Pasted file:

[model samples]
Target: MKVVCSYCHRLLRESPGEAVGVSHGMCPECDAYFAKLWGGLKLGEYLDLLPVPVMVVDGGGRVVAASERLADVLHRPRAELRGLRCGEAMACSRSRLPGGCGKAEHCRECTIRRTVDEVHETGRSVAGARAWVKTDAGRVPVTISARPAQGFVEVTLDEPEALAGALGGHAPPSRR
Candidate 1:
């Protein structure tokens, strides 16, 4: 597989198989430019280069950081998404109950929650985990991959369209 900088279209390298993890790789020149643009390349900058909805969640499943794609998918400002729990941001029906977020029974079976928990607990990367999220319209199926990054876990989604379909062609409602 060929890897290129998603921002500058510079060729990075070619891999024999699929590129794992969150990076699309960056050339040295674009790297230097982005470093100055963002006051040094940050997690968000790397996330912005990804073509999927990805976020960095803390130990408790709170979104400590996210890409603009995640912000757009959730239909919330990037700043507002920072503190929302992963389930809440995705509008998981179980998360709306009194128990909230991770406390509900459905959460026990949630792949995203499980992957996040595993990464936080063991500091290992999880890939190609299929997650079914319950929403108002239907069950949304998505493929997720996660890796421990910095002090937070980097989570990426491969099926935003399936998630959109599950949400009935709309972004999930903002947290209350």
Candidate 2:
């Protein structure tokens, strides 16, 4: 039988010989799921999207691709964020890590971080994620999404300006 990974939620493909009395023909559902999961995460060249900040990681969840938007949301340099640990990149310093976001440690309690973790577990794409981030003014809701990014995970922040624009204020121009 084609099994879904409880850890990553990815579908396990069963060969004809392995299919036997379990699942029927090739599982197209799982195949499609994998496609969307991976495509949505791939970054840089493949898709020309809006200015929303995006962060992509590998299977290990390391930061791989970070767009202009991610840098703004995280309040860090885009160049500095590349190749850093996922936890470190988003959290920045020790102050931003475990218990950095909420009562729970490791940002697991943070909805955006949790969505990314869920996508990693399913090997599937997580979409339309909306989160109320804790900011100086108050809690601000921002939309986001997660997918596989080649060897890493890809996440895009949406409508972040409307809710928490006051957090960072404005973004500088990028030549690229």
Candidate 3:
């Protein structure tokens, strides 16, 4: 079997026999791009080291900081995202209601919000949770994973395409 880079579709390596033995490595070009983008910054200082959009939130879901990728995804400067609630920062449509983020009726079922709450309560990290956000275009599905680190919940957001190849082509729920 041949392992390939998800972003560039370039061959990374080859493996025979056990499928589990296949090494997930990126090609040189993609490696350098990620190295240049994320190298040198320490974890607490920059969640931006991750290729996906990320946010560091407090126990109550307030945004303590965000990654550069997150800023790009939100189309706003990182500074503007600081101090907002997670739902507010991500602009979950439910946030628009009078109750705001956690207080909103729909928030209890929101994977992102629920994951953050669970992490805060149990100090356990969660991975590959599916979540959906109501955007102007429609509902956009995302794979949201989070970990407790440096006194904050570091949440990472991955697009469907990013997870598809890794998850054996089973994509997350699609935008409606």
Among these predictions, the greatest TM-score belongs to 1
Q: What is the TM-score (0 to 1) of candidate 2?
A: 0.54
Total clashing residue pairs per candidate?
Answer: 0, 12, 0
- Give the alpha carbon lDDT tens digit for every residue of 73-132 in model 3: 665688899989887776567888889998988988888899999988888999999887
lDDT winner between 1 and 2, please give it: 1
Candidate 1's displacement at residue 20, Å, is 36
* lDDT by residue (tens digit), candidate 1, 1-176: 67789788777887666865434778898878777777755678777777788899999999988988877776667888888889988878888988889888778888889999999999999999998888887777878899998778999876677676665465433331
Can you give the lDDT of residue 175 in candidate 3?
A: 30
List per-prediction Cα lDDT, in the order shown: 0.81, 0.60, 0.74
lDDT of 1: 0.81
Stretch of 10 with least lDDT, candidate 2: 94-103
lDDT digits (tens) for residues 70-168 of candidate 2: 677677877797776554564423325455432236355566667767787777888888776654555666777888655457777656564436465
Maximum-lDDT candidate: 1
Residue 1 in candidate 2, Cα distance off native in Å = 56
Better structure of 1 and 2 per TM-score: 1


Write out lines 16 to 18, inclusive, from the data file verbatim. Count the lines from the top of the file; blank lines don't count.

Candidate 1's displacement at residue 20, Å, is 36
* lDDT by residue (tens digit), candidate 1, 1-176: 67789788777887666865434778898878777777755678777777788899999999988988877776667888888889988878888988889888778888889999999999999999998888887777878899998778999876677676665465433331
Can you give the lDDT of residue 175 in candidate 3?